The Michigan Design Militia's Shadow Art Fair showcases 40 local artists peddling their eclectic wares, from T-shirts and fine art prints to handmade soaps and greeting cards. The twice-yearly fair emphasizes outside-the-box creators, providing an opportunity for networking with other artists and the community. Along with the mixed bag of handcrafted creations, the Corner Brewery will offer two special brews in honor of the fair, and the Dreamland Theater will stage special "shadow" performances from 2 p.m. to 1 a.m., with shuttles running between the two venues from 1 to 3 p.m. and 9 p.m. to midnight. The fair itself takes place from noon to midnight at the Corner Brewery, 720 Norris St., Ypsilanti; 734-480-2739; admission is a whopping 2 cents, with proceeds benefiting the fair and the Shadow Arts Grant, which is awarded to artists to help fund their big ideas.

Radio Killed the Video Star

Radio Killed the Video Star is a benefit show for the Expose Yourself to Art Radio program, a joint endeavor between Hamtramck's new station AM 1610 and the CAID's Ladybug Studio which provides radio journalism and production education to the high school students of Hamtramck and southwest Detroit. The students' work will focus on community arts coverage, and will air on AM 1610 in both communities. The benefit is hosted by Scrummage Records and features performances by Mannikin, Telephone Callers, Coup D'Etatas and DJs Blk_Out and Snag Toof. At 9 p.m. at the Contemporary Art Institute of Detroit, 5141 Rosa Parks Blvd., Detroit; 313-899-2243; $5-$10 sliding scale donation to cover the cost of production equipment. More info at and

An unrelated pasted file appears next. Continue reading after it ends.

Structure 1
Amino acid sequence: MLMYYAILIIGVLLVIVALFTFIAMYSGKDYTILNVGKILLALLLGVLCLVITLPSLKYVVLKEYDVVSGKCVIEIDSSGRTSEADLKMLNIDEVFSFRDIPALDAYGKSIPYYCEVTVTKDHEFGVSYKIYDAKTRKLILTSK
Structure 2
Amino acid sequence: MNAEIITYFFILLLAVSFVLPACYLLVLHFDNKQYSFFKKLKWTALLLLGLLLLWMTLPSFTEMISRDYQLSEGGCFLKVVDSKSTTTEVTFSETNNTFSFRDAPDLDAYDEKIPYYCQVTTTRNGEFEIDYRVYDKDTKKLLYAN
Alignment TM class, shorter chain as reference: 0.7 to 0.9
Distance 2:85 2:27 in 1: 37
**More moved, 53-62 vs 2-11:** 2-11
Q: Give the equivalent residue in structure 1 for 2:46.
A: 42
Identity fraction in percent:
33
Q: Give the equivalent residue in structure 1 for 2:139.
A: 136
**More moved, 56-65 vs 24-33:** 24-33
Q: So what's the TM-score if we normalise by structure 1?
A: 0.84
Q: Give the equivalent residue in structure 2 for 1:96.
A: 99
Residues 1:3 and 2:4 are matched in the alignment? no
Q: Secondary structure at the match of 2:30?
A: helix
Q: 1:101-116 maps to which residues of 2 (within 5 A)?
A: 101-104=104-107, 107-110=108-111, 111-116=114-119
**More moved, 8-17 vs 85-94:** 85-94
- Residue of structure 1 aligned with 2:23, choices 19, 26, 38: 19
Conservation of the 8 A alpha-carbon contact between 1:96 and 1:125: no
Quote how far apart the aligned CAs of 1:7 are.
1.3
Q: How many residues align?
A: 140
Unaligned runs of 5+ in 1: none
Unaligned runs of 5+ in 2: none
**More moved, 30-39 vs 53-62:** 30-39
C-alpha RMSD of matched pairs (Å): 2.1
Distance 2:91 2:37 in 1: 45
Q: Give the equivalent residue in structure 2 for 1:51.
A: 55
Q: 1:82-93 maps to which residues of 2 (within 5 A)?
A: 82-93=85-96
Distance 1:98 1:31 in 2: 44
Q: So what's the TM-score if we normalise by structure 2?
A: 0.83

Handel's Messiah

The Fort Street Chorale's annual performance of Handel's Messiah is a Detroit institution, the subject of an Emmy Award-winning documentary and a beloved tradition that has earned the choir the epithet "The Miracle on Fort Street." The Chorale and Chamber Orchestra present Handel's indelible Christmas oratorio, complete with its famed Hallelujah chorus, for the 31st time this year, with approximately 90 volunteers from throughout southeastern Michigan and Canada joining forces to create one unforgettable holiday memory. At 7:30 p.m. Saturday and 3 p.m. Sunday at the Fort Street Presbyterian Church, 631 W. Fort St., Detroit; 313-961-4533;; $18.